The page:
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North Korea fired a ground-to-ship missile into the Sea of Japan on Monday — the second such launch in two weeks — in what appeared to be further provocation aimed at gaining Washington’s attention.

According to the Defense Agency, the missile was launched shortly past noon from Sinsang-ri, on North Korea’s northeastern coast. It was not a ballistic missile capable of reaching Japan, the agency said.

Although Japan has not confirmed the specific type of weapon, media reports quoted the South Korean government as saying it was a Silkworm — the same as the type launched Feb. 24.

South Korea reportedly said Monday’s missile landed 160 km off the North Korean coast.

Japanese government leaders played down the incident, claiming that a short-range missile of this type is not a threat to national security, and that a possible launch had been expected since last week.

“As was the case last time, the launch does not threaten Japan’s national security,” Chief Cabinet Secretary Yasuo Fukuda told a regularly scheduled news conference in the afternoon.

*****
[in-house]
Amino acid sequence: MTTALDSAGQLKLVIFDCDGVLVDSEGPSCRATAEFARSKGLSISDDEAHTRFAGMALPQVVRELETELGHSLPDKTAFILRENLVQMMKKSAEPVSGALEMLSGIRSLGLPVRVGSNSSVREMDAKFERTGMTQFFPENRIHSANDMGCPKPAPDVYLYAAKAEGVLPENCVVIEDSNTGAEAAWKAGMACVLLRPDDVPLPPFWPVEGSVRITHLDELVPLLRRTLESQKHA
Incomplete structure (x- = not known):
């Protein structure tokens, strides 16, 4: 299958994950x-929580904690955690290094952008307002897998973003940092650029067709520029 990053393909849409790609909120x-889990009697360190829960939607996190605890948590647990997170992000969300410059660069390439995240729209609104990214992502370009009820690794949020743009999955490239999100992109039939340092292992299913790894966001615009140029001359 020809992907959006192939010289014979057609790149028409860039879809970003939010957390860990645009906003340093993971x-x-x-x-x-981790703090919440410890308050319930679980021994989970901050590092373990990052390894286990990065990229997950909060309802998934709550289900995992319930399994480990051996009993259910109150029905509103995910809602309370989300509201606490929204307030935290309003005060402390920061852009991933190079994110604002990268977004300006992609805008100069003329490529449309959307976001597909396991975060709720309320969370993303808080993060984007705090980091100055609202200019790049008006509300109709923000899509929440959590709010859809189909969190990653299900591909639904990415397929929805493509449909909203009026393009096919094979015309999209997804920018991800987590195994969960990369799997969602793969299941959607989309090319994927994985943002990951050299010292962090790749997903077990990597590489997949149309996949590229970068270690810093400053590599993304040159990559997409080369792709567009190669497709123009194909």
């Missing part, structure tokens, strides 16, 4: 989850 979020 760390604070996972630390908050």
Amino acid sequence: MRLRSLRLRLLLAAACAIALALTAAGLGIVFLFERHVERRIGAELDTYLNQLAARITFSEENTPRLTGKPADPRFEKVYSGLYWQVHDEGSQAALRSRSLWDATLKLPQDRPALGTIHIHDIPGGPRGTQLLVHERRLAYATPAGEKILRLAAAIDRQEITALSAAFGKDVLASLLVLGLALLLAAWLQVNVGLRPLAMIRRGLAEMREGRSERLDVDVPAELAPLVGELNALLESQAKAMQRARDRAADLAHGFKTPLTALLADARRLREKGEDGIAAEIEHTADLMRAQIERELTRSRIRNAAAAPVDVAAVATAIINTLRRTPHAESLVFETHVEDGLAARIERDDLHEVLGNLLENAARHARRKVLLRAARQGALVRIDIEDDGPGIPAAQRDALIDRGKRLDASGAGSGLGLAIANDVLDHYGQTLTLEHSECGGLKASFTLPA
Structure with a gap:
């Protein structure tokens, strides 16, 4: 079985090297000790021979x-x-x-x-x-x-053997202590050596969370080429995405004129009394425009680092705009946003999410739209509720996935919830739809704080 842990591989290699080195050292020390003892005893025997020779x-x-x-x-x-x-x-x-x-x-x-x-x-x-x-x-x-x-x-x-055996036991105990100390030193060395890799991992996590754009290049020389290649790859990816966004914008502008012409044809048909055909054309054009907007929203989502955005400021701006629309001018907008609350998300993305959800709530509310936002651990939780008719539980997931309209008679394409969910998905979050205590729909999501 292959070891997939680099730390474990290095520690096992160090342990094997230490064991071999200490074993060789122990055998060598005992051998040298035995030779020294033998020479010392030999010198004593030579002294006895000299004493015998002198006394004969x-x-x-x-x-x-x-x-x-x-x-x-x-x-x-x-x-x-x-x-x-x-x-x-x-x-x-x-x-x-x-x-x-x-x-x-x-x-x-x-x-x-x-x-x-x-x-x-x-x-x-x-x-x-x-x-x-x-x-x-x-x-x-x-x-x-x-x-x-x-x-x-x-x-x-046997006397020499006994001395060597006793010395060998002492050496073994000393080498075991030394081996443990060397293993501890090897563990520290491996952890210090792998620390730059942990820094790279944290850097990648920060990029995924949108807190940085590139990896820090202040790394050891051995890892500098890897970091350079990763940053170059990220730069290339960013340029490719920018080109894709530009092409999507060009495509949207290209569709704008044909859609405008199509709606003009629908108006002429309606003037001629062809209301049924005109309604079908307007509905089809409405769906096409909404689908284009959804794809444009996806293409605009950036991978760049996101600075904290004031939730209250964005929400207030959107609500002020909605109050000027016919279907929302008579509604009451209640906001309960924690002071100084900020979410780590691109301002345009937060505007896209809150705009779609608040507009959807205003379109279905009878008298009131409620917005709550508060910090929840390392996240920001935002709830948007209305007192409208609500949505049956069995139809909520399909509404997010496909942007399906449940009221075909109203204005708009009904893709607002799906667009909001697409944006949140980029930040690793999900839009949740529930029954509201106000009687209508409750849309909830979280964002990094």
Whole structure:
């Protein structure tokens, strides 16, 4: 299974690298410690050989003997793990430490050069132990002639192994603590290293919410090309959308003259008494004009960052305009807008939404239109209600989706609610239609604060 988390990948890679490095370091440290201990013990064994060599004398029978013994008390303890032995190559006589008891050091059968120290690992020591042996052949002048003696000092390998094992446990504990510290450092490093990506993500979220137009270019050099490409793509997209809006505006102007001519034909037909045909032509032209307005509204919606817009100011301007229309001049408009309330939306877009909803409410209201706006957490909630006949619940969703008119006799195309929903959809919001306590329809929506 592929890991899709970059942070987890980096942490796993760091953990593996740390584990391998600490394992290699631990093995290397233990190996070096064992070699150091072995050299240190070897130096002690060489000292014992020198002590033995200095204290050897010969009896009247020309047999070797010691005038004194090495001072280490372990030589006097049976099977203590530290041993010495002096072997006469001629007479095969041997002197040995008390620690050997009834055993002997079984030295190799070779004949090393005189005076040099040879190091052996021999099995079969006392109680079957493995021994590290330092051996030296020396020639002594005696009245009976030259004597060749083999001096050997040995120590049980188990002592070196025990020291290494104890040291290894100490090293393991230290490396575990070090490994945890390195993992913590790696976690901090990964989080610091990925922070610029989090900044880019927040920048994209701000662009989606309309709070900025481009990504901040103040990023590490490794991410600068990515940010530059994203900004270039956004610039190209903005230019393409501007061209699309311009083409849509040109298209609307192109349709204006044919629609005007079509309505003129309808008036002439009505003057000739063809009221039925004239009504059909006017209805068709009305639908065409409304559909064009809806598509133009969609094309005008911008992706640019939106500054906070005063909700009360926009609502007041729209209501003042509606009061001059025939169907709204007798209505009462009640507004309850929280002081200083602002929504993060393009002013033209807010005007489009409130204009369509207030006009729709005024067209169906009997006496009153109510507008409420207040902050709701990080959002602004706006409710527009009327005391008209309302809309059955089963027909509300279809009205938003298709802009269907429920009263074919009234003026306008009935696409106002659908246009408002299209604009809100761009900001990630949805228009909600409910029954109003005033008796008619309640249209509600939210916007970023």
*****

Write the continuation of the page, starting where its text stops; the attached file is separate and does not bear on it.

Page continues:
Fukuda said the government obtained information last week that North Korea would ban entry of ships into a part of the Sea of Japan off its eastern coast, a sign of a possible missile test.

Prime Minister Junichiro Koizumi, at the Diet, also reacted calmly to the news.

“It’s not an emergency,” Koizumi told the House of Councilors’ Audit Committee. “(But) we will watch this issue carefully.”

The government has been taking a low-key stance toward North Korea’s recent brinkmanship in the belief Pyongyang might try to take advantage of the situation if Japan reacts to provocation.

Shinzo Abe, deputy chief Cabinet secretary, said the government believes the launch was part of routine military drills. But he warned that Pyongyang should keep in mind that such a launch can have only a negative impact on its position in the international community.

“North Korea should fully consider the situation in which it stands now,” Abe told reporters, suggesting that further provocation may lead to discussions on sanctions.

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